How We Learn Where We Live

E-book – $34.95

ISBN 978-0-8101-3200-9

Paper Text – $34.95

ISBN 978-0-8101-3201-6

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ISBN 978-0-8101-3199-6
Publication Date
December 2015
Page Count
240 pages
Trim Size
6 x 9

How We Learn Where We Live

Thomas Bernhard, Architecture, and Bildung
Fatima Naqvi

How We Learn Where We Live opens new avenues into thinking about one of the most provocative writers of the twentieth century, Thomas Bernhard. In one of the first English studies of his work, Fatima Naqvi focuses on the Austrian author’s critique of education (Bildung) through the edifices in which it takes place. She demonstrates that both literature and architecture are implicated in the concept of Bildung. His writings insist that learning has always been a life-long process that is helped—or hindered—by the particular buildings in which Bildung occurs. Naqvi offers close readings of Bernhard’s major prose works, from Amras (1964) to Old Masters (1985) and brings them into dialogue with major architectural debates of the times. She examines Bernard’s interrogation of the theoretical foundations underpinning the educational system and its actual sites.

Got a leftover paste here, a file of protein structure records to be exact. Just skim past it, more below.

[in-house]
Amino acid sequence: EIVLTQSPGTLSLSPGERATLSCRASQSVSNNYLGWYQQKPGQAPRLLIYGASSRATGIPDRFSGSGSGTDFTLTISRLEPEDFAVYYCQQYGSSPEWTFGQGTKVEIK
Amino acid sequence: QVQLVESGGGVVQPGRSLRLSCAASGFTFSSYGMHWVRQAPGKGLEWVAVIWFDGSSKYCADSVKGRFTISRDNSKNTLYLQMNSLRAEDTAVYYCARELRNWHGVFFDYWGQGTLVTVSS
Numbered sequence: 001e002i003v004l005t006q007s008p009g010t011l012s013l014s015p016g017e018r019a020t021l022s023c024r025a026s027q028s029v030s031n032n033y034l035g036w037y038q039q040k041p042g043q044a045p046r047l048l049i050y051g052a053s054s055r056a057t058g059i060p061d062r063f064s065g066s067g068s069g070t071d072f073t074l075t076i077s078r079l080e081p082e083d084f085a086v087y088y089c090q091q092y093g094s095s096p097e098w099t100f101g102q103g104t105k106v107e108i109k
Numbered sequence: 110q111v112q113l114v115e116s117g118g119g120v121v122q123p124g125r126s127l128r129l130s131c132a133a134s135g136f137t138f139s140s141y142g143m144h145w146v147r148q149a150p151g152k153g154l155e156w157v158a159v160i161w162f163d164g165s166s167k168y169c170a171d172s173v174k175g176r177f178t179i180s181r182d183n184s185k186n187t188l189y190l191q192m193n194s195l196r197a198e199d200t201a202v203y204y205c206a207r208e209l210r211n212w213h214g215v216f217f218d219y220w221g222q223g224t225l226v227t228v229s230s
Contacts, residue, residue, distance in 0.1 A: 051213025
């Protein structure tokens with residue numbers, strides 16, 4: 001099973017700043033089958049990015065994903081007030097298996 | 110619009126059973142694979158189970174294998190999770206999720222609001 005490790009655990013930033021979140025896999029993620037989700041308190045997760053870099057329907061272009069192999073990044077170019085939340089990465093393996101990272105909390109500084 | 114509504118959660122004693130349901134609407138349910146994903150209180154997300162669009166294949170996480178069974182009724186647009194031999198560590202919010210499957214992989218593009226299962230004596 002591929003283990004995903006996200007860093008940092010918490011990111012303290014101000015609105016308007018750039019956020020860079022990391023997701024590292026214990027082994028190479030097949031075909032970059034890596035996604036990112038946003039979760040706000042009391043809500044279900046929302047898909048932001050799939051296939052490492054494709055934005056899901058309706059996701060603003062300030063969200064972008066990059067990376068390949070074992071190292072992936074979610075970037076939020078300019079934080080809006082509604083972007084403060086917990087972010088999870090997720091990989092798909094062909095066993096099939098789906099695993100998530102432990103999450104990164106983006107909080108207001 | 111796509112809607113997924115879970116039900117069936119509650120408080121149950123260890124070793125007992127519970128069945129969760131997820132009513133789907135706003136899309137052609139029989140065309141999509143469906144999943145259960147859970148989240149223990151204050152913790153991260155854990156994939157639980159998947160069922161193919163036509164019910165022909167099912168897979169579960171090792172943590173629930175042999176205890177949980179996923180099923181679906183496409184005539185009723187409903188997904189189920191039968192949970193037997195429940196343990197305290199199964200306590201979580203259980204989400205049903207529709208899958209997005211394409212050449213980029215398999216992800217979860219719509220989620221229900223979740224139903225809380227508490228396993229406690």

About the Author

FATIMA NAQVI is a professor of German and film studies at Rutgers University.


"Fatima Naqvi’s study fulfils a double function. It engages intensively with key narrative texts by Thomas Bernhard while offering a case study of the interaction between literature and architecture…. Naqvi makes clear beyond doubt that architecture is more than just a theme in these texts: it is fundamental to their structure. Bernhard’s oeuvre is read against a wide variety of text-types and forms of knowledge: architecture manifestos, philosophical works (Bloch, Foucault, Heidegger, Wittgenstein), texts on the history of art and architecture. The resultant complex contextualisation raises scholarship on Bernhard’s writings to a new level of reflection, and raises the bar for future research." —Austrian Studies

"The architectonics of Naqvi’s mode of argumentation and analysis perform the porousness and openness that ultimately emerge as Bernhard’s ideal space and model of education." —German Studies Review